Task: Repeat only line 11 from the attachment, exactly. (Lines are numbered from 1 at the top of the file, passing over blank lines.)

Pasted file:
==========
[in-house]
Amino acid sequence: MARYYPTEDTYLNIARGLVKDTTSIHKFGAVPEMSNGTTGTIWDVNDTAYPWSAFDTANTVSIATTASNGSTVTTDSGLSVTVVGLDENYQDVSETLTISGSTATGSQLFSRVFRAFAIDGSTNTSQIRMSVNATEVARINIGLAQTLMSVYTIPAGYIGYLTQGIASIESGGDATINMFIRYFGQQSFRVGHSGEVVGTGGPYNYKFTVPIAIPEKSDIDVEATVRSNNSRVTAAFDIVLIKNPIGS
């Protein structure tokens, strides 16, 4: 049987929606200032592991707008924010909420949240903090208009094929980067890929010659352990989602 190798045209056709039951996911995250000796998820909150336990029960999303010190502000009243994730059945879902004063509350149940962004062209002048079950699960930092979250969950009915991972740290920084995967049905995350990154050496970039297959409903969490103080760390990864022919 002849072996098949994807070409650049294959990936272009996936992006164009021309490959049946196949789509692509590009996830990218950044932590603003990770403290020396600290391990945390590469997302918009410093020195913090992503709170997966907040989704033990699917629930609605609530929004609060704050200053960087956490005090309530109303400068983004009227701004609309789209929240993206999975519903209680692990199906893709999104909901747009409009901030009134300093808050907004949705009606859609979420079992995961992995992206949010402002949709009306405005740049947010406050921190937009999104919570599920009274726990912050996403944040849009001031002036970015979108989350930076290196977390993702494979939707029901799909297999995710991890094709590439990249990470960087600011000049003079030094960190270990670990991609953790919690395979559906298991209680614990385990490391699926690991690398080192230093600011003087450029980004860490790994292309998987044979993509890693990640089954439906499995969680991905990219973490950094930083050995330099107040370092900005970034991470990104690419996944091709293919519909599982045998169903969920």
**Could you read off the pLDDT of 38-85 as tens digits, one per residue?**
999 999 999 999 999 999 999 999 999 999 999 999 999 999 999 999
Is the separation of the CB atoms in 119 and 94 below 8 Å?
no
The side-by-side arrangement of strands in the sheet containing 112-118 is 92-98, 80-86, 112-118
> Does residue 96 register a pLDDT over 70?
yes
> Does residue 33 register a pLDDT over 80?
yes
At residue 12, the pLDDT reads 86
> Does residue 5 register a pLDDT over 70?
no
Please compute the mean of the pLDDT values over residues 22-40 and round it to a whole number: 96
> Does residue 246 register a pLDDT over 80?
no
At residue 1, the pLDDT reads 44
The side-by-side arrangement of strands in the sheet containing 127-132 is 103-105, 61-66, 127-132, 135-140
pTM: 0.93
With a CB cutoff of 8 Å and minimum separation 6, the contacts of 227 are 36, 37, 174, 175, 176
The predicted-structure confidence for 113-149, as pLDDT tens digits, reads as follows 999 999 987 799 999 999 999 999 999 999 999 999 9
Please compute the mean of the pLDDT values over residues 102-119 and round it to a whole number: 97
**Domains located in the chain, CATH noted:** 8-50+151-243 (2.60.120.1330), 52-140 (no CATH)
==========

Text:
> Does residue 33 register a pLDDT over 80?